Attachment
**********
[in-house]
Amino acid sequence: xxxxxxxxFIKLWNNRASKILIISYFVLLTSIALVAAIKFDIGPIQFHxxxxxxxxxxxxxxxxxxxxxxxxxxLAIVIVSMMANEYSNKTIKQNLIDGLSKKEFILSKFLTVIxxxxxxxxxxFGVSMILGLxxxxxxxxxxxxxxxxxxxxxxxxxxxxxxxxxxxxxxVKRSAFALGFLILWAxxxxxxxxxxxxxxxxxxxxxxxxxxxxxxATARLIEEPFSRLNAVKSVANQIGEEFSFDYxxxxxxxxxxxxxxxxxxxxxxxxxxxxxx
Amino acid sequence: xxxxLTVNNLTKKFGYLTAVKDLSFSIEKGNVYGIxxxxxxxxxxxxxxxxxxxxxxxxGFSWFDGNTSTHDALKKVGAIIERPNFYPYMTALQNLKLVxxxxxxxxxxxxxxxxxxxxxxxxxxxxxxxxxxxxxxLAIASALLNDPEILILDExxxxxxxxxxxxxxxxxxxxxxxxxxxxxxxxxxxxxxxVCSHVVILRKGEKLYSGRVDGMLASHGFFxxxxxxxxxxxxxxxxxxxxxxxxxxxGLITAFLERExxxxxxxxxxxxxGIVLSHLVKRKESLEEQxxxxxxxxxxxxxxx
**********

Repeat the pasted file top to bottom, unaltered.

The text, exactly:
[in-house]
Amino acid sequence: xxxxxxxxFIKLWNNRASKILIISYFVLLTSIALVAAIKFDIGPIQFHxxxxxxxxxxxxxxxxxxxxxxxxxxLAIVIVSMMANEYSNKTIKQNLIDGLSKKEFILSKFLTVIxxxxxxxxxxFGVSMILGLxxxxxxxxxxxxxxxxxxxxxxxxxxxxxxxxxxxxxxVKRSAFALGFLILWAxxxxxxxxxxxxxxxxxxxxxxxxxxxxxxATARLIEEPFSRLNAVKSVANQIGEEFSFDYxxxxxxxxxxxxxxxxxxxxxxxxxxxxxx
Amino acid sequence: xxxxLTVNNLTKKFGYLTAVKDLSFSIEKGNVYGIxxxxxxxxxxxxxxxxxxxxxxxxGFSWFDGNTSTHDALKKVGAIIERPNFYPYMTALQNLKLVxxxxxxxxxxxxxxxxxxxxxxxxxxxxxxxxxxxxxxLAIASALLNDPEILILDExxxxxxxxxxxxxxxxxxxxxxxxxxxxxxxxxxxxxxxVCSHVVILRKGEKLYSGRVDGMLASHGFFxxxxxxxxxxxxxxxxxxxxxxxxxxxGLITAFLERExxxxxxxxxxxxxGIVLSHLVKRKESLEEQxxxxxxxxxxxxxxx